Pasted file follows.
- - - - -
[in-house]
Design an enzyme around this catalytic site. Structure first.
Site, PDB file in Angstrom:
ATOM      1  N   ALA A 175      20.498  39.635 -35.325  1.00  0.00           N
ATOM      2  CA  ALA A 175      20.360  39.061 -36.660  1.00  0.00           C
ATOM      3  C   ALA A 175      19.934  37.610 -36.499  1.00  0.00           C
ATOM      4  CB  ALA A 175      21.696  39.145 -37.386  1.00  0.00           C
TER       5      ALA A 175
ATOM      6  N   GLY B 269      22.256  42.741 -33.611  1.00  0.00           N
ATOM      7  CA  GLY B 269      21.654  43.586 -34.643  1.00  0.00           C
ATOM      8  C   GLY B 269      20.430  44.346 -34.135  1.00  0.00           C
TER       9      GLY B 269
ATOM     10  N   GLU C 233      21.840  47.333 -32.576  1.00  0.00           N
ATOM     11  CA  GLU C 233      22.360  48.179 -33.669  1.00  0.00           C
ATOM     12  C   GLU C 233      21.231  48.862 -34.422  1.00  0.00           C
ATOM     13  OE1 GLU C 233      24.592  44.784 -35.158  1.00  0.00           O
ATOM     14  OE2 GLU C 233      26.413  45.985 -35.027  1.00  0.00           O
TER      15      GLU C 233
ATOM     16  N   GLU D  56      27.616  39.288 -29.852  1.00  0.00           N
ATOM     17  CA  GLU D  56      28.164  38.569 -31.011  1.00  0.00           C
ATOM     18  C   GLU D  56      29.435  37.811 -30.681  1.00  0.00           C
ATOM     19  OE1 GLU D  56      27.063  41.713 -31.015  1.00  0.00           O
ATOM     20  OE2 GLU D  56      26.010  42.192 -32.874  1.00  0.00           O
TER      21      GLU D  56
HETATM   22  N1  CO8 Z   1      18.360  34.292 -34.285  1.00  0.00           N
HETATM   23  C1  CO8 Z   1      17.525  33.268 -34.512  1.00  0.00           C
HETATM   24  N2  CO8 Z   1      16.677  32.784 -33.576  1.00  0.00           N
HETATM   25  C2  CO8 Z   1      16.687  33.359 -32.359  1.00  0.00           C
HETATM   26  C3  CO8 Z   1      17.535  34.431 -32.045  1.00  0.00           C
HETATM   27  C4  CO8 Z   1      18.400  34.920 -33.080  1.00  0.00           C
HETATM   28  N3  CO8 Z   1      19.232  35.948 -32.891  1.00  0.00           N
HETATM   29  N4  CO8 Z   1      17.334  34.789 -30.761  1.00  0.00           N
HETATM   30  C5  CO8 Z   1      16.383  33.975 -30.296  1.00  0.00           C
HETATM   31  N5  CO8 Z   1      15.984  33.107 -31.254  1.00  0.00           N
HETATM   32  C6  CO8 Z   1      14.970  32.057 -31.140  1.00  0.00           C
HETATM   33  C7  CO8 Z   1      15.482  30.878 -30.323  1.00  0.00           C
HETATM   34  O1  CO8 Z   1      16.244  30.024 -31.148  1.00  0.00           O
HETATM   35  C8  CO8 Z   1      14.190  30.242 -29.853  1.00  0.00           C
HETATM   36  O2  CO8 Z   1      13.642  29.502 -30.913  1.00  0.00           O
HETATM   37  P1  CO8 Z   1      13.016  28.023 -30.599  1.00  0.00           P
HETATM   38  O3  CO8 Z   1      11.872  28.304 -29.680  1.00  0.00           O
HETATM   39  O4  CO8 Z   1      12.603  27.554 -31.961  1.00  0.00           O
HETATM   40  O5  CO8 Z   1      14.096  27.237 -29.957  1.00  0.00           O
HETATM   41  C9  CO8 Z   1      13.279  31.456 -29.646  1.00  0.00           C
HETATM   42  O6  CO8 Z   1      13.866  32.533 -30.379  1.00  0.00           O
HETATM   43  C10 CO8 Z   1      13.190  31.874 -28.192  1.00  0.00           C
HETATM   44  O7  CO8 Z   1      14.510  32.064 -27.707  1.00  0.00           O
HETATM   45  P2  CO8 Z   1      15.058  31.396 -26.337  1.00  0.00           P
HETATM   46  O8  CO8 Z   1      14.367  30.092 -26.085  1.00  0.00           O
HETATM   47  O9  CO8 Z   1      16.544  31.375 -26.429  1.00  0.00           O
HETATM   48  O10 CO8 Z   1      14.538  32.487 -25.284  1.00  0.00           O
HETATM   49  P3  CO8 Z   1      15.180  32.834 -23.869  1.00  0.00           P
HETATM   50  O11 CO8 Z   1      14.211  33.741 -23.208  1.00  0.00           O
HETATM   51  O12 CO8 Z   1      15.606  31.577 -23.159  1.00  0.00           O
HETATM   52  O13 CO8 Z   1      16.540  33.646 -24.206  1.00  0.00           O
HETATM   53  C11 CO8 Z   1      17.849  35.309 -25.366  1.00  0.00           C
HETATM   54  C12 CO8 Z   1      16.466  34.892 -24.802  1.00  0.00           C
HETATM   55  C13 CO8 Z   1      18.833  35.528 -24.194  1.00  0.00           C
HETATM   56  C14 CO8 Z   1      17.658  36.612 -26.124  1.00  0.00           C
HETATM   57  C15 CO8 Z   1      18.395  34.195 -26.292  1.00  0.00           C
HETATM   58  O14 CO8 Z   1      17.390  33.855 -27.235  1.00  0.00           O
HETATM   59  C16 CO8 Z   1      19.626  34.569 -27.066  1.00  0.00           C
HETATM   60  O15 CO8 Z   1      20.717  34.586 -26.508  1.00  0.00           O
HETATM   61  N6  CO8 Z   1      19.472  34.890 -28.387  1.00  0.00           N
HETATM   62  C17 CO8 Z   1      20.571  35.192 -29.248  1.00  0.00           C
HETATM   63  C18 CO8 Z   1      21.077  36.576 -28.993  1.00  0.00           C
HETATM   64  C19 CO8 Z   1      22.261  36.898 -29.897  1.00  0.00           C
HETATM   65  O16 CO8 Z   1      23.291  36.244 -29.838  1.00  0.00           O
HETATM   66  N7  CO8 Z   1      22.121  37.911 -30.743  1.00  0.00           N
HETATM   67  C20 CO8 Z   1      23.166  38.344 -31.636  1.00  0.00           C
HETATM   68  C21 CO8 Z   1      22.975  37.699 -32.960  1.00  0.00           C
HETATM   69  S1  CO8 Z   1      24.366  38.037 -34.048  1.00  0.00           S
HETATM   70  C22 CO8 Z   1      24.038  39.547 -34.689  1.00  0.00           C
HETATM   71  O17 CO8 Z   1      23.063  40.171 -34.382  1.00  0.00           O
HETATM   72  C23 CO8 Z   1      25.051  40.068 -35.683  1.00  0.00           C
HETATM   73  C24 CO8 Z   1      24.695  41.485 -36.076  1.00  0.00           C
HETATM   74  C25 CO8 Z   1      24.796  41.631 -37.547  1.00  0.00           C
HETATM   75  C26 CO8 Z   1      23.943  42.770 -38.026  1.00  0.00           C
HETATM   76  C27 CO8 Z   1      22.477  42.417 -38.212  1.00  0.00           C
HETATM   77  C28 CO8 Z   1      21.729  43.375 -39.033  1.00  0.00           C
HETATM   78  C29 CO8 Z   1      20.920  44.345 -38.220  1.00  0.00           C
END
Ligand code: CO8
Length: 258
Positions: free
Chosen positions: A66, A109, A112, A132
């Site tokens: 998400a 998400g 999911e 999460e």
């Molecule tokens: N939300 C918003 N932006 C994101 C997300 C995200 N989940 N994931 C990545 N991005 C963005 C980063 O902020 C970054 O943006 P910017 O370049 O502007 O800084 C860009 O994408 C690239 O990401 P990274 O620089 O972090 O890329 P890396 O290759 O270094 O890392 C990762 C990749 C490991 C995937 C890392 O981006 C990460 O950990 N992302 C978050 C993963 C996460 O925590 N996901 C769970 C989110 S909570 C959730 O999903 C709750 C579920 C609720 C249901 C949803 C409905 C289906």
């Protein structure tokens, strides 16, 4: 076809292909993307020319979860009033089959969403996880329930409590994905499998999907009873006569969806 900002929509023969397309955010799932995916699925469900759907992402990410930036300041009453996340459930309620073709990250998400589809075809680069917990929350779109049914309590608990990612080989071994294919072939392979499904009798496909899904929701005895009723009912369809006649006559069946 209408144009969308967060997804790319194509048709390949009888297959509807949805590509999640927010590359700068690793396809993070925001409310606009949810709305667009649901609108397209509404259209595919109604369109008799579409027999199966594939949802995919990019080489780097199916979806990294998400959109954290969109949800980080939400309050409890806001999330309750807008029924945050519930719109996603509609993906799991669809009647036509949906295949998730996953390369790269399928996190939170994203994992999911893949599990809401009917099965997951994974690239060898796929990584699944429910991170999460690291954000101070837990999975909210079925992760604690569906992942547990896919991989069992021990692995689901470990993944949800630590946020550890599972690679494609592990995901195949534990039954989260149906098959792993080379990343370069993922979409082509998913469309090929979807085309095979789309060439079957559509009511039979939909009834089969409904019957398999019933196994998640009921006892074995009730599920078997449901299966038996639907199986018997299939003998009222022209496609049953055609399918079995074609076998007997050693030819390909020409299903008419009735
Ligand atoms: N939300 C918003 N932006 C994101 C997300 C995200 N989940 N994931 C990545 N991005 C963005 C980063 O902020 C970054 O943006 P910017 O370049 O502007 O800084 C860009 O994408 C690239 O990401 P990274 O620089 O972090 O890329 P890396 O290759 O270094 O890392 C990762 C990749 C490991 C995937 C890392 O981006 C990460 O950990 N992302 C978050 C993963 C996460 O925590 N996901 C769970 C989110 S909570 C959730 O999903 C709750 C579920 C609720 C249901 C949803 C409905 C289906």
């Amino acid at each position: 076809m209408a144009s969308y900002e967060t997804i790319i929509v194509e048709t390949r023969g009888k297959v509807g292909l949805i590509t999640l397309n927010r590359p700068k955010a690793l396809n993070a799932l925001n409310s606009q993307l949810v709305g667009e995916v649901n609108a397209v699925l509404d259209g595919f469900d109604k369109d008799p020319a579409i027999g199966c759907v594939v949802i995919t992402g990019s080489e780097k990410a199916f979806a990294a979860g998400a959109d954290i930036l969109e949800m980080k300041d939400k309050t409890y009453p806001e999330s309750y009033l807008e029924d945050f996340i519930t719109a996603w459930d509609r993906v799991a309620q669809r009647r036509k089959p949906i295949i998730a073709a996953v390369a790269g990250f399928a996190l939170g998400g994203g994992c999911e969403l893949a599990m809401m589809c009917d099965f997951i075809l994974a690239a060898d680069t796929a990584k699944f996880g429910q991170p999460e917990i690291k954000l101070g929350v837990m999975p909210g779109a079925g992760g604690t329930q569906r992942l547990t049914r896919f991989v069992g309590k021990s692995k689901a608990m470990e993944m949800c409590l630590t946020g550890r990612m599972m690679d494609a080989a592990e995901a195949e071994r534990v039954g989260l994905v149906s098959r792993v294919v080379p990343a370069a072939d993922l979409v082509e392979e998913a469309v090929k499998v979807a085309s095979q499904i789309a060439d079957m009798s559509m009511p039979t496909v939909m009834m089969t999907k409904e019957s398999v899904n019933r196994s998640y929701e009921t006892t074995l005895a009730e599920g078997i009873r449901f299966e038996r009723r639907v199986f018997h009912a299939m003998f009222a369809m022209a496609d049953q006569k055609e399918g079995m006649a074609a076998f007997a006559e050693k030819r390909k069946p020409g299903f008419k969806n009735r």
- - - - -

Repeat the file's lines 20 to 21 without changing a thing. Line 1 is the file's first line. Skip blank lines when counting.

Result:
ATOM     17  CA  GLU D  56      28.164  38.569 -31.011  1.00  0.00           C
ATOM     18  C   GLU D  56      29.435  37.811 -30.681  1.00  0.00           C